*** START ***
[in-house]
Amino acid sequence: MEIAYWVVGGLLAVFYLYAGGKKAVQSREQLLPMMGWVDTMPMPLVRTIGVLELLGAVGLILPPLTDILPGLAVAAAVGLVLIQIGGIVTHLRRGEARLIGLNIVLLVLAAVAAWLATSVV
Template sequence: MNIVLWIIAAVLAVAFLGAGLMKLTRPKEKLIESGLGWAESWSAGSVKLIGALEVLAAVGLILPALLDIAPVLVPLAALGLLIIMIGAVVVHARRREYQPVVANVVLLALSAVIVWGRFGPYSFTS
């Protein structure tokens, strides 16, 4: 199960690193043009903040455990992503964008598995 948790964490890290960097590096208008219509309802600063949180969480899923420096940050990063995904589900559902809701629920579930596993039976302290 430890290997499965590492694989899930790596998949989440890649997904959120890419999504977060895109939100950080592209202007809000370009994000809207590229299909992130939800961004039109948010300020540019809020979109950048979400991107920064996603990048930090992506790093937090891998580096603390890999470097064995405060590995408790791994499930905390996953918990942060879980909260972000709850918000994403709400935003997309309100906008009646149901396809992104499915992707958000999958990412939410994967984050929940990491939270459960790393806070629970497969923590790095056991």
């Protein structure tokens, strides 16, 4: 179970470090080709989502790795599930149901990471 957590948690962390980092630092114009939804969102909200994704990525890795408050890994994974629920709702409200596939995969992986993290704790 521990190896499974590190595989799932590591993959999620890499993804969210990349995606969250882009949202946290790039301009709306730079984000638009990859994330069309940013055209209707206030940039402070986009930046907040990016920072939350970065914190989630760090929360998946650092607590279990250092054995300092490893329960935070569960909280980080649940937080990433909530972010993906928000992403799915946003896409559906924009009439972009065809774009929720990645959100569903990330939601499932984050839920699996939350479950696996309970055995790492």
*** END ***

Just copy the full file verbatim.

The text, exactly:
[in-house]
Amino acid sequence: MEIAYWVVGGLLAVFYLYAGGKKAVQSREQLLPMMGWVDTMPMPLVRTIGVLELLGAVGLILPPLTDILPGLAVAAAVGLVLIQIGGIVTHLRRGEARLIGLNIVLLVLAAVAAWLATSVV
Template sequence: MNIVLWIIAAVLAVAFLGAGLMKLTRPKEKLIESGLGWAESWSAGSVKLIGALEVLAAVGLILPALLDIAPVLVPLAALGLLIIMIGAVVVHARRREYQPVVANVVLLALSAVIVWGRFGPYSFTS
């Protein structure tokens, strides 16, 4: 199960690193043009903040455990992503964008598995 948790964490890290960097590096208008219509309802600063949180969480899923420096940050990063995904589900559902809701629920579930596993039976302290 430890290997499965590492694989899930790596998949989440890649997904959120890419999504977060895109939100950080592209202007809000370009994000809207590229299909992130939800961004039109948010300020540019809020979109950048979400991107920064996603990048930090992506790093937090891998580096603390890999470097064995405060590995408790791994499930905390996953918990942060879980909260972000709850918000994403709400935003997309309100906008009646149901396809992104499915992707958000999958990412939410994967984050929940990491939270459960790393806070629970497969923590790095056991």
């Protein structure tokens, strides 16, 4: 179970470090080709989502790795599930149901990471 957590948690962390980092630092114009939804969102909200994704990525890795408050890994994974629920709702409200596939995969992986993290704790 521990190896499974590190595989799932590591993959999620890499993804969210990349995606969250882009949202946290790039301009709306730079984000638009990859994330069309940013055209209707206030940039402070986009930046907040990016920072939350970065914190989630760090929360998946650092607590279990250092054995300092490893329960935070569960909280980080649940937080990433909530972010993906928000992403799915946003896409559906924009009439972009065809774009929720990645959100569903990330939601499932984050839920699996939350479950696996309970055995790492």